Researchers develop new system to simulate spread of COVID-19
Researchers and developers from Wrocław are working on a new system that will simulate the spread of COVID-19 and other infectious diseases to determine whether the introduced restrictions will be effective.
Marcin Zyga, director of technology at Spyrosoft Group told PAP - Science in Poland that the task of the new system is to simulate the development of a pandemic for droplet transmission diseases, in particular COVID-19, “to see how the disease can spread in a given area (...), for example a country, city or individual districts', he said.
The creators of the system are testing various scenarios that will allow them to determine, for example, how various restrictions introduced because of COVID-19 may affect morbidity and whether they will be effective.
The system was fed synthetic anonymised data on the mobility of people and data on SARS-Cov-2 infection rate provided by epidemiologists. Based on anonymous, synthetic data and formulated mobility rules, researchers from the Wrocław University of Environmental and Life Sciences developed a population mobility model. They translated the model into an algorithm and checked how it could be adapted to the actual locations and areas.
Dr. Witold Rohm from the Institute of Geodesy and Geoinformatics of the Wrocław University of Environmental and Life Sciences, co-owner of U + Geo, which is the contractor in the National Centre for Research and Development project, said: “If we model infections, we need to know how the population behaves, for example, in the city. The information that allows us to build a population mobility model can be obtained from two sources. One is movement trajectories, or data showing how the city residents move in time. The second is called OD matrices. They allow us to determine where from and where to people travel in specific hours in a given area.”
Knowledge about how people move is very important in modelling infections, says Dr. Rohm.
He added that with the new system, researchers will also be able to simulate scenarios to assess the effectiveness of various restrictions. It will also allow them to check what will happen if the restrictions are not observed, for example if 10 percent of people ignore the lockdown.
Dr. Rohm continued: “The most important element in such modelling is not where the virtual agent will go, but the precise place and time of interaction between agents because that makes it possible to accurately predict the infection rate.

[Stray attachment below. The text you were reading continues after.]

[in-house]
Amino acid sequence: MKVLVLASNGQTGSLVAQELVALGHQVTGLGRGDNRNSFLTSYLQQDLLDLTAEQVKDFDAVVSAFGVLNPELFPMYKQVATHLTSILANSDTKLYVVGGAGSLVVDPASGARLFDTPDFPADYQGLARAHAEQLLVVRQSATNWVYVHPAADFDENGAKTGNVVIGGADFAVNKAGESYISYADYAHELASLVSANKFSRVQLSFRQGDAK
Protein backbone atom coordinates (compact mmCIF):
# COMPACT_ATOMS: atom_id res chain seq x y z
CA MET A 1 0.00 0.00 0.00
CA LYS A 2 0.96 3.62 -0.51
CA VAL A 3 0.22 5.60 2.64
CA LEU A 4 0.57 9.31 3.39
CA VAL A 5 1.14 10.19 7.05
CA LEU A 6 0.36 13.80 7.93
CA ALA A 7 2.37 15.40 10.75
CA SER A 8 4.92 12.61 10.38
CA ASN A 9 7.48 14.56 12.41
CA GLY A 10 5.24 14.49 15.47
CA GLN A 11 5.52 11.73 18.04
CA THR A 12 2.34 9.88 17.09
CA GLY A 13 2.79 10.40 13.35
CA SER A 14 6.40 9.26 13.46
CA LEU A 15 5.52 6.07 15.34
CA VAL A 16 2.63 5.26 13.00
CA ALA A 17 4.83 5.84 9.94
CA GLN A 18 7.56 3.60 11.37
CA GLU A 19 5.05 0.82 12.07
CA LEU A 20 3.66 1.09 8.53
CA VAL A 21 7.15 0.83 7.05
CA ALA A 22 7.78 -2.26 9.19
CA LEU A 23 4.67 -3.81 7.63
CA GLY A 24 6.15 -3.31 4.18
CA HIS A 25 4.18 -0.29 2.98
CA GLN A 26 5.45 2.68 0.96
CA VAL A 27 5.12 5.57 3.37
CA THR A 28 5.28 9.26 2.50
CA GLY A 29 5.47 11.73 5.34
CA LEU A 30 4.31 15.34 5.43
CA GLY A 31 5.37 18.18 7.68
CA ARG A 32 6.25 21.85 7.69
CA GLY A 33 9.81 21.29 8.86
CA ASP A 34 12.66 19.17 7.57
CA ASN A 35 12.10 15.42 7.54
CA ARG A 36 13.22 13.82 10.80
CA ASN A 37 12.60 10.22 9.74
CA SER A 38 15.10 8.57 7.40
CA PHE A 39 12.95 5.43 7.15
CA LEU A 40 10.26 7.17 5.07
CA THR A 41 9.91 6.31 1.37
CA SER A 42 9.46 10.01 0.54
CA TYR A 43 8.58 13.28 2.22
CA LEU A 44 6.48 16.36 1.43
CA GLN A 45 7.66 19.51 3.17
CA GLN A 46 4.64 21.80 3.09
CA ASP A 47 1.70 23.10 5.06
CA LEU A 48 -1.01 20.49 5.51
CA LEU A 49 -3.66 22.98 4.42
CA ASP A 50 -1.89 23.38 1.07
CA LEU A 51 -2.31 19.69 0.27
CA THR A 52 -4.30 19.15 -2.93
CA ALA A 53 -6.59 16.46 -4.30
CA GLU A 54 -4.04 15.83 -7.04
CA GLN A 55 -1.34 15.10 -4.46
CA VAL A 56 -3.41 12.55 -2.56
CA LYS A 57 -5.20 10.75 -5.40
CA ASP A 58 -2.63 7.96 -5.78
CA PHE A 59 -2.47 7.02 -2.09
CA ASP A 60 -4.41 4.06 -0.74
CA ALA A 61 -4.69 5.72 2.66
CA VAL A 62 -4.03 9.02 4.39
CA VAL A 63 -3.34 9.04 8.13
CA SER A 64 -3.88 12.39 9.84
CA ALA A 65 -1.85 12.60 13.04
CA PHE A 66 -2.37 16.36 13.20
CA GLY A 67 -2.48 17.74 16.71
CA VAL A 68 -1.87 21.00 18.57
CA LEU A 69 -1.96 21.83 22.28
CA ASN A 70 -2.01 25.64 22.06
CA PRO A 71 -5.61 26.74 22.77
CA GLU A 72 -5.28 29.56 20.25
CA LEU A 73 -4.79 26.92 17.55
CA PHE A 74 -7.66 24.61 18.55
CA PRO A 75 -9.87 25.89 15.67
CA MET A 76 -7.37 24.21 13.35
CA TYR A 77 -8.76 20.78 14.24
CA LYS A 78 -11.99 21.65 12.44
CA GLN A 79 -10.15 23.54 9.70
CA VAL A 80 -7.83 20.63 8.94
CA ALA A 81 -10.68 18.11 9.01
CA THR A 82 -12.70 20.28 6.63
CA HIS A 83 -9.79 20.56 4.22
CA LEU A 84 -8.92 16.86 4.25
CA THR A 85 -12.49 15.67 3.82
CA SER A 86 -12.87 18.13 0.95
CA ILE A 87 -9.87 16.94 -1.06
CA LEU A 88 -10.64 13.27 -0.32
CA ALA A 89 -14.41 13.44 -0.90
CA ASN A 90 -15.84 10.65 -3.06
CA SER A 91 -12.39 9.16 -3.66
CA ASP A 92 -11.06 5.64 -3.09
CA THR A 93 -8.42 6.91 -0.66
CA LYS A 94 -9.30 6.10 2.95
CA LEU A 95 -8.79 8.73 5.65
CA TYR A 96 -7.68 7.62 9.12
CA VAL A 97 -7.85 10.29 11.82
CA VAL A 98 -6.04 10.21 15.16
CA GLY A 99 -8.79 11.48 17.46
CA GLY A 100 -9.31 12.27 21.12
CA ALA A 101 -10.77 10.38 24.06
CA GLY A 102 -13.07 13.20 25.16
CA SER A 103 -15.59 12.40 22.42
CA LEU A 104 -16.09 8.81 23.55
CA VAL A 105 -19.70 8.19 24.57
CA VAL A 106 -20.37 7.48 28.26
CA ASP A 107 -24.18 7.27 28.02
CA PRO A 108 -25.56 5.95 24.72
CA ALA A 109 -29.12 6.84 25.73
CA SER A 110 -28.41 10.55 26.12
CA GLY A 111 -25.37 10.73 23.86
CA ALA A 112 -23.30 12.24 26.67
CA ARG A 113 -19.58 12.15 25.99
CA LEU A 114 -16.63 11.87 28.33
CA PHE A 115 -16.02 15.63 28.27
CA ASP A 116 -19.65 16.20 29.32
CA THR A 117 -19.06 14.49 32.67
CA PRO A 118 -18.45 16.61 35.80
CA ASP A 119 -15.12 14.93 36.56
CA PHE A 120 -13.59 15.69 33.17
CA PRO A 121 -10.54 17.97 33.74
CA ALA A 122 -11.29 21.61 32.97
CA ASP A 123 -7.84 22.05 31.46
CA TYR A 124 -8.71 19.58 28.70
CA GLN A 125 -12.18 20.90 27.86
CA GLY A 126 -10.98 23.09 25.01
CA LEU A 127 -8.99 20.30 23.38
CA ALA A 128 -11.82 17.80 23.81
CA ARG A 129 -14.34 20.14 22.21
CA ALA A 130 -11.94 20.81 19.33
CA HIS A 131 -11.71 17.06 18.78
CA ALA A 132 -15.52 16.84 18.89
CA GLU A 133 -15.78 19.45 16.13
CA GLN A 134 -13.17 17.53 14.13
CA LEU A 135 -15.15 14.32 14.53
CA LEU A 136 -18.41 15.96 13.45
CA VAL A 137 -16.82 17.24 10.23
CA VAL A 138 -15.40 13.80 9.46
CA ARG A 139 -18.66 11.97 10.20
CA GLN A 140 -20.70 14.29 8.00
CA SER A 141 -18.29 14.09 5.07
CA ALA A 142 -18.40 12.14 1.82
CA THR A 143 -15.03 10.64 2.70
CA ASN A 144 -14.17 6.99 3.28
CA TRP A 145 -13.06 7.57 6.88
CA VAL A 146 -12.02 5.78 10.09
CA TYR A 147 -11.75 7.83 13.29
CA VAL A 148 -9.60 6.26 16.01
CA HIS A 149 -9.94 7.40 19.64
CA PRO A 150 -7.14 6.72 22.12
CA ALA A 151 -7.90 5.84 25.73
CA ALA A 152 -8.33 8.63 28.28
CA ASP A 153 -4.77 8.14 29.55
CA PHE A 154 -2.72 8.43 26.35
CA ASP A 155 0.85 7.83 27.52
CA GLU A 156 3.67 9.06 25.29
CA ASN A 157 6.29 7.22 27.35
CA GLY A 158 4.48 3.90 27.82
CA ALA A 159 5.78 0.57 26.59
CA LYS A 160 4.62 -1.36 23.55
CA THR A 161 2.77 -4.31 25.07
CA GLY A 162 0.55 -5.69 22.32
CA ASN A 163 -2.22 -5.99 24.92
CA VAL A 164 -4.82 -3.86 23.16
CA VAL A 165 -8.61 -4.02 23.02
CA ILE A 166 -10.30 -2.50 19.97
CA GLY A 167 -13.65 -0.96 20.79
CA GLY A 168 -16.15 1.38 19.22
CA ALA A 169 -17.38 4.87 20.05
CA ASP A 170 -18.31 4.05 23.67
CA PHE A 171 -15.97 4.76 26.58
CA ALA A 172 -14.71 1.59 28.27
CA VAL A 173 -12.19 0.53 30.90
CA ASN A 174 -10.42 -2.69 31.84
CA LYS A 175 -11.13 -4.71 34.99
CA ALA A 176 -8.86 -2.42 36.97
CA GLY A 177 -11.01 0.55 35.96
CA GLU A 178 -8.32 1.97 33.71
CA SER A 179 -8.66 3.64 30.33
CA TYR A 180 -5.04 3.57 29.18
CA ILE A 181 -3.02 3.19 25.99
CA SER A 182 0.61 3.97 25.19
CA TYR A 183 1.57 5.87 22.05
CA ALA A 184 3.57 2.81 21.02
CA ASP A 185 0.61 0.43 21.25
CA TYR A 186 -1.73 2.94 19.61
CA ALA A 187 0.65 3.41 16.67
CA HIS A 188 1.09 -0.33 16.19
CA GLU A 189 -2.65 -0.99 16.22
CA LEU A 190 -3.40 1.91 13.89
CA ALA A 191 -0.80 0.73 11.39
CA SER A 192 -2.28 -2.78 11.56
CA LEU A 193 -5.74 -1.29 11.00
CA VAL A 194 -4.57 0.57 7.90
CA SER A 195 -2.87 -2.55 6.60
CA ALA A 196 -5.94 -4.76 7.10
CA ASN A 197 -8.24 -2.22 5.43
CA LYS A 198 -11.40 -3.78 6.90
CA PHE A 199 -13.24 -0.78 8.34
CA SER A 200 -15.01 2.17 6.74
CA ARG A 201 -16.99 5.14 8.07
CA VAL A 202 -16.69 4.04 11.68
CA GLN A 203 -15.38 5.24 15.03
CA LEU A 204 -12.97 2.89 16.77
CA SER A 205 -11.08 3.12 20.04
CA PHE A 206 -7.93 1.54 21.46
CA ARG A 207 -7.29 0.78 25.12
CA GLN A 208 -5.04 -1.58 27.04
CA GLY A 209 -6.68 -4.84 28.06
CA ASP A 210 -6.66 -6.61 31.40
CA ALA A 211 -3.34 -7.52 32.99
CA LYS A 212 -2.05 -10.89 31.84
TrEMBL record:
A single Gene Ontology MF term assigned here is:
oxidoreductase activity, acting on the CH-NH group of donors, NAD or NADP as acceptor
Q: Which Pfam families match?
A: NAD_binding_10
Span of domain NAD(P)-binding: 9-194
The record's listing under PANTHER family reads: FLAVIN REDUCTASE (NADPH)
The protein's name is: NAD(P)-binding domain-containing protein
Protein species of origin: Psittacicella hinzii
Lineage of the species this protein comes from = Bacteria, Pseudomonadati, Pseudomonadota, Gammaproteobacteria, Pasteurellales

“Innovation in our approach is that we model people’s mobility at the individual level - individual agents. We watch how they move in the area and generate a movement model.”
To date, two types of simulations have been performed. The first is based on data from the city of Birmingham in the UK, the second is based on data from Wrocław. According to the scientist, the results obtained from the Birmingham simulation were more than 87 percent consistent with the actual course of the second and third wave of the pandemic in that area.
In the case of Wroclaw, the simulations consistency level was 85 percent.
An epidemiological model from the Medical University of Lodz will be superimposed onto the population mobility model so that in the future, the system can be used to simulate the spread of any contagious disease transmitted by droplet infection.
Marcin Zyga, director of technology at Spyrosoft Group, said: “The epidemiological model has been adapted primarily to COVID-19, but in the future we want to test it using other parameters and data, such as infectivity, mortality, the likelihood of asymptomatic disease, for example, for flu. After the pandemic ends, we want the program to work not only for one disease, or even a specific mutation of the strain, we want it to be more versatile.”
He added: “Currently, if we have such systems, they are available to a very narrow group of people associated with science. You have to have a lot of knowledge to be able to use such a system. We want to prepare a system that will allow a person without a scientific background to run a simulation for their own pandemic scenario.”
The creators of the model hope that the algorithm will be useful for different units of the government and local governments. A working version of the system is expected to be available at the beginning of next year.
The project has been co-financed by the EU (PLN 1 209 519.49) and is implemented as part of the National Centre for Research and Development competition.
PAP - Science in Poland